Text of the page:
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Lady fairest ever seen
Was the bride he crowned his queen.
Pillowed on the marriage-bed,
Whispering to his soul, he said,
“Though a bridegroom never pressed
Dearer bosom to his breast,
Mortal flesh must come to clay:
Even this shall pass away.”
  –  Theodore Tilton, “The King’s Ring

Every year on the Day of the Dead I write about why the holiday exists, why it is necessary, and why ruining the quality of life in an attempt to increase its quantity is both foolish and ultimately futile.  To those who have only started reading me this year, or who have only read a few selected pieces over a longer time, this might seem a strange topic for a harlot; one might expect death to be the farthest pole from my topic, except perhaps for mentioning it as an extreme manifestation of whore stigma or when paying my respects on December 17th.  But in truth, it’s both predictable and appropriate on a personal, professional and philosophical level.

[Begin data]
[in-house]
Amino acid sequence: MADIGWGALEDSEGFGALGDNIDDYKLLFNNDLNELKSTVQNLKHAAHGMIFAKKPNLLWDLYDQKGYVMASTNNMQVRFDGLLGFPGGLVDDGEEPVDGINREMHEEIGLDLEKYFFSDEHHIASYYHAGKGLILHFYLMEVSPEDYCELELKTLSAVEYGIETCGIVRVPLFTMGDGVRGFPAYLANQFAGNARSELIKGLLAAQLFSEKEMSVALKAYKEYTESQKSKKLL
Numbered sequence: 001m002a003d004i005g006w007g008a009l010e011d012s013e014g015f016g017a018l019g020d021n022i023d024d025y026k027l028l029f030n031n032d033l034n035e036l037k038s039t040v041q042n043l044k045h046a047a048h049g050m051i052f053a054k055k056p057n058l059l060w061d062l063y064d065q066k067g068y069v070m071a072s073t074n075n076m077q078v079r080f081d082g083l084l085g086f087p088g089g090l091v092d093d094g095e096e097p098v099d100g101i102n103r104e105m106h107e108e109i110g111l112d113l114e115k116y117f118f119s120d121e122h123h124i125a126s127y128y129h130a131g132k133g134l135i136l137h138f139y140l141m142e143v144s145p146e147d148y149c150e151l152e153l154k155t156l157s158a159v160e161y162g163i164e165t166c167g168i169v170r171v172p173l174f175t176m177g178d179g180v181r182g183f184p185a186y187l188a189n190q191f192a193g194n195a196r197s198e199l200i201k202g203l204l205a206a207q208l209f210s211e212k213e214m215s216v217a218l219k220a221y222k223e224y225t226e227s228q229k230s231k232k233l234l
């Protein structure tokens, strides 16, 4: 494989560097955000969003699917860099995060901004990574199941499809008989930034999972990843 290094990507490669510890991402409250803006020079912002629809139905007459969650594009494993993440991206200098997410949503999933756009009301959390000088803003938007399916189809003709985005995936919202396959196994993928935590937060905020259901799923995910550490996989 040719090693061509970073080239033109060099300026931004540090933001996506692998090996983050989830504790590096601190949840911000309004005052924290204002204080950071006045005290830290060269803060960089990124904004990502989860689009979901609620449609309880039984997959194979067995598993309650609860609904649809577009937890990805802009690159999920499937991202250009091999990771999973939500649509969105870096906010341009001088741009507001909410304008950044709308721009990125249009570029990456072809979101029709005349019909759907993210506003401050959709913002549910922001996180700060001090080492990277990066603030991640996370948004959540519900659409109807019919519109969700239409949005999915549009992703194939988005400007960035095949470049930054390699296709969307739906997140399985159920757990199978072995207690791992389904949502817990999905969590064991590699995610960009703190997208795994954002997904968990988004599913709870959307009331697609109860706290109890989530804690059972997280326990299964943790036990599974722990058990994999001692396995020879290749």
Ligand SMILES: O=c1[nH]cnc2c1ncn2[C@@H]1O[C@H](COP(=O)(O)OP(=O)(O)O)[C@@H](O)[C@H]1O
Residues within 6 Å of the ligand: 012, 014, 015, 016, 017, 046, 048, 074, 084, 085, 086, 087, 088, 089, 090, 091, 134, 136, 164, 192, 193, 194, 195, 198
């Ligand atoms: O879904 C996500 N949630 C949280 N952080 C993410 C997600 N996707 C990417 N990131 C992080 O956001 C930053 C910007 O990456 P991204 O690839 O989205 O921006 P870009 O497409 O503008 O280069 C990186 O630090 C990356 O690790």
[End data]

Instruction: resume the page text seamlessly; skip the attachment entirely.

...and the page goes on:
zombie and harlotFrom a personal standpoint, I would probably have written often on this topic even had I never become a card-carrying prostitute; I was a strange, wild, moody  Wednesday Addams of a child, born on Halloween night and fascinated with horror lore and imagery.  Autumn was both my native season and the one in which I felt most comfortable, and I struggled with depression for over twenty years until at long last sex work helped me to get a handle on itMy favorite books, stories and even songs  mostly tend to involve death or other melancholy elements, and just look at the stories I’ve published on this blog and in my book (or just the cover of the damned thing, for goddess’ sake!)  So if you’ve read more than a handful of my (burnt) offerings and were still surprised that I sometimes think and write about death, you just haven’t been paying attention.